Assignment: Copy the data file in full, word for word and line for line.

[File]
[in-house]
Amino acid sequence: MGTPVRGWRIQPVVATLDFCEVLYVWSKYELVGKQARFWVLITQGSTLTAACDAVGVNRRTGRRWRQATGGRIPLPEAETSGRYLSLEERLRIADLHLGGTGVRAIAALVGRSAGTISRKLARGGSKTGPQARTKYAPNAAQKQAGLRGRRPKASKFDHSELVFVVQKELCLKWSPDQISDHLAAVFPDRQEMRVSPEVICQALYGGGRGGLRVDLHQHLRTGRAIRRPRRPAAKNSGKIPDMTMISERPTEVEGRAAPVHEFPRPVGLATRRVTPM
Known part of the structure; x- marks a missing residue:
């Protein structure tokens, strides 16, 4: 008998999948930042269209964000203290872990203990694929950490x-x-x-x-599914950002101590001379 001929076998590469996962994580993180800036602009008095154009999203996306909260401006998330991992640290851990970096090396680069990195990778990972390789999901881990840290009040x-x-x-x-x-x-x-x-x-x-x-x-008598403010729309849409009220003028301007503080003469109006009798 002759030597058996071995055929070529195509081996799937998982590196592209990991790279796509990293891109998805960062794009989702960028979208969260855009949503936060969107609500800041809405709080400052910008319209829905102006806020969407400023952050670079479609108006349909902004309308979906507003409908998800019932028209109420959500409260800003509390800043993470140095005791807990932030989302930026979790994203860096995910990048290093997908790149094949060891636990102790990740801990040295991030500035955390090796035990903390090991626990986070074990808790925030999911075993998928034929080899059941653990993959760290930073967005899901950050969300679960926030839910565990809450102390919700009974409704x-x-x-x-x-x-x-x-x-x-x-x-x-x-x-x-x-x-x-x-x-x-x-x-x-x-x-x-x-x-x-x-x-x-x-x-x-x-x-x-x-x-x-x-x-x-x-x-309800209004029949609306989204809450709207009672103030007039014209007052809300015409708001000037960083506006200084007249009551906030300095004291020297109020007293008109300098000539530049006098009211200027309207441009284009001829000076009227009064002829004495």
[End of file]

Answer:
[in-house]
Amino acid sequence: MGTPVRGWRIQPVVATLDFCEVLYVWSKYELVGKQARFWVLITQGSTLTAACDAVGVNRRTGRRWRQATGGRIPLPEAETSGRYLSLEERLRIADLHLGGTGVRAIAALVGRSAGTISRKLARGGSKTGPQARTKYAPNAAQKQAGLRGRRPKASKFDHSELVFVVQKELCLKWSPDQISDHLAAVFPDRQEMRVSPEVICQALYGGGRGGLRVDLHQHLRTGRAIRRPRRPAAKNSGKIPDMTMISERPTEVEGRAAPVHEFPRPVGLATRRVTPM
Known part of the structure; x- marks a missing residue:
């Protein structure tokens, strides 16, 4: 008998999948930042269209964000203290872990203990694929950490x-x-x-x-599914950002101590001379 001929076998590469996962994580993180800036602009008095154009999203996306909260401006998330991992640290851990970096090396680069990195990778990972390789999901881990840290009040x-x-x-x-x-x-x-x-x-x-x-x-008598403010729309849409009220003028301007503080003469109006009798 002759030597058996071995055929070529195509081996799937998982590196592209990991790279796509990293891109998805960062794009989702960028979208969260855009949503936060969107609500800041809405709080400052910008319209829905102006806020969407400023952050670079479609108006349909902004309308979906507003409908998800019932028209109420959500409260800003509390800043993470140095005791807990932030989302930026979790994203860096995910990048290093997908790149094949060891636990102790990740801990040295991030500035955390090796035990903390090991626990986070074990808790925030999911075993998928034929080899059941653990993959760290930073967005899901950050969300679960926030839910565990809450102390919700009974409704x-x-x-x-x-x-x-x-x-x-x-x-x-x-x-x-x-x-x-x-x-x-x-x-x-x-x-x-x-x-x-x-x-x-x-x-x-x-x-x-x-x-x-x-x-x-x-x-309800209004029949609306989204809450709207009672103030007039014209007052809300015409708001000037960083506006200084007249009551906030300095004291020297109020007293008109300098000539530049006098009211200027309207441009284009001829000076009227009064002829004495």